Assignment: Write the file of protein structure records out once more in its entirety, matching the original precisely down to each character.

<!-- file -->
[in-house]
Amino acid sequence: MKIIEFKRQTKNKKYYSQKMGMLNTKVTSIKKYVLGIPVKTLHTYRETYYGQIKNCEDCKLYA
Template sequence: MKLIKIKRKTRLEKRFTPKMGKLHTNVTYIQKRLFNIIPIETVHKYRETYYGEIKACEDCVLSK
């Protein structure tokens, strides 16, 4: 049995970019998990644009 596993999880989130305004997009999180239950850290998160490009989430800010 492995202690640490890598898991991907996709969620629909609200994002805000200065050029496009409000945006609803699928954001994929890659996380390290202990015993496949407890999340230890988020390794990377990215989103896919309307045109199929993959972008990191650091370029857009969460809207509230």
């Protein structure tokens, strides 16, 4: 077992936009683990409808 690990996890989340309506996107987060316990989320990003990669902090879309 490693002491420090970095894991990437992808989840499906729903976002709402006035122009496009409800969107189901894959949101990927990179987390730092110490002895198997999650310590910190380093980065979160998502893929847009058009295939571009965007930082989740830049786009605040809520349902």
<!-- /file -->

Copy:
[in-house]
Amino acid sequence: MKIIEFKRQTKNKKYYSQKMGMLNTKVTSIKKYVLGIPVKTLHTYRETYYGQIKNCEDCKLYA
Template sequence: MKLIKIKRKTRLEKRFTPKMGKLHTNVTYIQKRLFNIIPIETVHKYRETYYGEIKACEDCVLSK
């Protein structure tokens, strides 16, 4: 049995970019998990644009 596993999880989130305004997009999180239950850290998160490009989430800010 492995202690640490890598898991991907996709969620629909609200994002805000200065050029496009409000945006609803699928954001994929890659996380390290202990015993496949407890999340230890988020390794990377990215989103896919309307045109199929993959972008990191650091370029857009969460809207509230």
């Protein structure tokens, strides 16, 4: 077992936009683990409808 690990996890989340309506996107987060316990989320990003990669902090879309 490693002491420090970095894991990437992808989840499906729903976002709402006035122009496009409800969107189901894959949101990927990179987390730092110490002895198997999650310590910190380093980065979160998502893929847009058009295939571009965007930082989740830049786009605040809520349902």